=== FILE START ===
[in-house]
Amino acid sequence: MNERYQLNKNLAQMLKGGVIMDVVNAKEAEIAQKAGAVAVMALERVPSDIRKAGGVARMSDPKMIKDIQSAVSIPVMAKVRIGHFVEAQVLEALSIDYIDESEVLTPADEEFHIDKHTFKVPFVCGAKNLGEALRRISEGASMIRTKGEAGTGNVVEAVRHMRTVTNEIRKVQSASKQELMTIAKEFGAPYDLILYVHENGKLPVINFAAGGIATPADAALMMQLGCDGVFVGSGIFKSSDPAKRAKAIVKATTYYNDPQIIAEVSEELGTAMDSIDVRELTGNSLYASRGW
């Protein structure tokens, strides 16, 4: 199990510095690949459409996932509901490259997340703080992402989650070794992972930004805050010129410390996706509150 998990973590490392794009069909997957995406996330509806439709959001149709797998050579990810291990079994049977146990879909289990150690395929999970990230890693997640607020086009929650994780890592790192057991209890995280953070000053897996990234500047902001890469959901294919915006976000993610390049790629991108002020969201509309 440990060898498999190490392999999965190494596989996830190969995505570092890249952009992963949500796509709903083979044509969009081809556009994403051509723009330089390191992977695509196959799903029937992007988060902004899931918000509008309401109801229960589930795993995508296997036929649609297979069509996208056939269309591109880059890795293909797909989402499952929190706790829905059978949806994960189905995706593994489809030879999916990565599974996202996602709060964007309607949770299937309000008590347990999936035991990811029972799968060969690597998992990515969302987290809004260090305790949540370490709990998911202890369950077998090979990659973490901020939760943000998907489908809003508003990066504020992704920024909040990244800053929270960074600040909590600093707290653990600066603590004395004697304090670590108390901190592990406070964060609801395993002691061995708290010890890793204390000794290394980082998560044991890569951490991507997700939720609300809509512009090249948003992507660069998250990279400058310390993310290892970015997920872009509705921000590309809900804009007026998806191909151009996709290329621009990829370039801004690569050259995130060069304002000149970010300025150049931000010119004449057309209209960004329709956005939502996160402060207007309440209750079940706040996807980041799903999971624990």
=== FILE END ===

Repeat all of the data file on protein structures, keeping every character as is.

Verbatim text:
[in-house]
Amino acid sequence: MNERYQLNKNLAQMLKGGVIMDVVNAKEAEIAQKAGAVAVMALERVPSDIRKAGGVARMSDPKMIKDIQSAVSIPVMAKVRIGHFVEAQVLEALSIDYIDESEVLTPADEEFHIDKHTFKVPFVCGAKNLGEALRRISEGASMIRTKGEAGTGNVVEAVRHMRTVTNEIRKVQSASKQELMTIAKEFGAPYDLILYVHENGKLPVINFAAGGIATPADAALMMQLGCDGVFVGSGIFKSSDPAKRAKAIVKATTYYNDPQIIAEVSEELGTAMDSIDVRELTGNSLYASRGW
């Protein structure tokens, strides 16, 4: 199990510095690949459409996932509901490259997340703080992402989650070794992972930004805050010129410390996706509150 998990973590490392794009069909997957995406996330509806439709959001149709797998050579990810291990079994049977146990879909289990150690395929999970990230890693997640607020086009929650994780890592790192057991209890995280953070000053897996990234500047902001890469959901294919915006976000993610390049790629991108002020969201509309 440990060898498999190490392999999965190494596989996830190969995505570092890249952009992963949500796509709903083979044509969009081809556009994403051509723009330089390191992977695509196959799903029937992007988060902004899931918000509008309401109801229960589930795993995508296997036929649609297979069509996208056939269309591109880059890795293909797909989402499952929190706790829905059978949806994960189905995706593994489809030879999916990565599974996202996602709060964007309607949770299937309000008590347990999936035991990811029972799968060969690597998992990515969302987290809004260090305790949540370490709990998911202890369950077998090979990659973490901020939760943000998907489908809003508003990066504020992704920024909040990244800053929270960074600040909590600093707290653990600066603590004395004697304090670590108390901190592990406070964060609801395993002691061995708290010890890793204390000794290394980082998560044991890569951490991507997700939720609300809509512009090249948003992507660069998250990279400058310390993310290892970015997920872009509705921000590309809900804009007026998806191909151009996709290329621009990829370039801004690569050259995130060069304002000149970010300025150049931000010119004449057309209209960004329709956005939502996160402060207007309440209750079940706040996807980041799903999971624990």